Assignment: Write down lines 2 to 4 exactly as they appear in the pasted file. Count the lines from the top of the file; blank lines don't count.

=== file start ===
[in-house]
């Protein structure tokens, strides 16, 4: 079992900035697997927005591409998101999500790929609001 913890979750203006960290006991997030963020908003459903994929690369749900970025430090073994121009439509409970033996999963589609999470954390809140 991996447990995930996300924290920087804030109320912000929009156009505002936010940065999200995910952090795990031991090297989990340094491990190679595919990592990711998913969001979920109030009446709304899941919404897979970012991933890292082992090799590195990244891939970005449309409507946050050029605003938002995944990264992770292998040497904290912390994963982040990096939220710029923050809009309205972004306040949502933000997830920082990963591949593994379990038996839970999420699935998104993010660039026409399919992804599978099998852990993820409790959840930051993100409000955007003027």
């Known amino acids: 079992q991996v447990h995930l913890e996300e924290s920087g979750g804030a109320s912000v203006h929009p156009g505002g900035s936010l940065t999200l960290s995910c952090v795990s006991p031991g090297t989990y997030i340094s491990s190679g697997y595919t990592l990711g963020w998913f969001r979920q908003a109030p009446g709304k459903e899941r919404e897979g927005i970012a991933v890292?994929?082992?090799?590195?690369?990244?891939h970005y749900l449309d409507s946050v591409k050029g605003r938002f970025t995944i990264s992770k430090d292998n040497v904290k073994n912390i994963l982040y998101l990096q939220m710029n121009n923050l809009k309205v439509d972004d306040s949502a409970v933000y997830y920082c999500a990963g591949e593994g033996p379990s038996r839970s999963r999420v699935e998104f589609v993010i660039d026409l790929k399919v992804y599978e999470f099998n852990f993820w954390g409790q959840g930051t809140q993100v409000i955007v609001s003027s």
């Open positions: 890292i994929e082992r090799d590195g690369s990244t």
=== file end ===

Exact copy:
């Protein structure tokens, strides 16, 4: 079992900035697997927005591409998101999500790929609001 913890979750203006960290006991997030963020908003459903994929690369749900970025430090073994121009439509409970033996999963589609999470954390809140 991996447990995930996300924290920087804030109320912000929009156009505002936010940065999200995910952090795990031991090297989990340094491990190679595919990592990711998913969001979920109030009446709304899941919404897979970012991933890292082992090799590195990244891939970005449309409507946050050029605003938002995944990264992770292998040497904290912390994963982040990096939220710029923050809009309205972004306040949502933000997830920082990963591949593994379990038996839970999420699935998104993010660039026409399919992804599978099998852990993820409790959840930051993100409000955007003027």
């Known amino acids: 079992q991996v447990h995930l913890e996300e924290s920087g979750g804030a109320s912000v203006h929009p156009g505002g900035s936010l940065t999200l960290s995910c952090v795990s006991p031991g090297t989990y997030i340094s491990s190679g697997y595919t990592l990711g963020w998913f969001r979920q908003a109030p009446g709304k459903e899941r919404e897979g927005i970012a991933v890292?994929?082992?090799?590195?690369?990244?891939h970005y749900l449309d409507s946050v591409k050029g605003r938002f970025t995944i990264s992770k430090d292998n040497v904290k073994n912390i994963l982040y998101l990096q939220m710029n121009n923050l809009k309205v439509d972004d306040s949502a409970v933000y997830y920082c999500a990963g591949e593994g033996p379990s038996r839970s999963r999420v699935e998104f589609v993010i660039d026409l790929k399919v992804y599978e999470f099998n852990f993820w954390g409790q959840g930051t809140q993100v409000i955007v609001s003027s």
């Open positions: 890292i994929e082992r090799d590195g690369s990244t």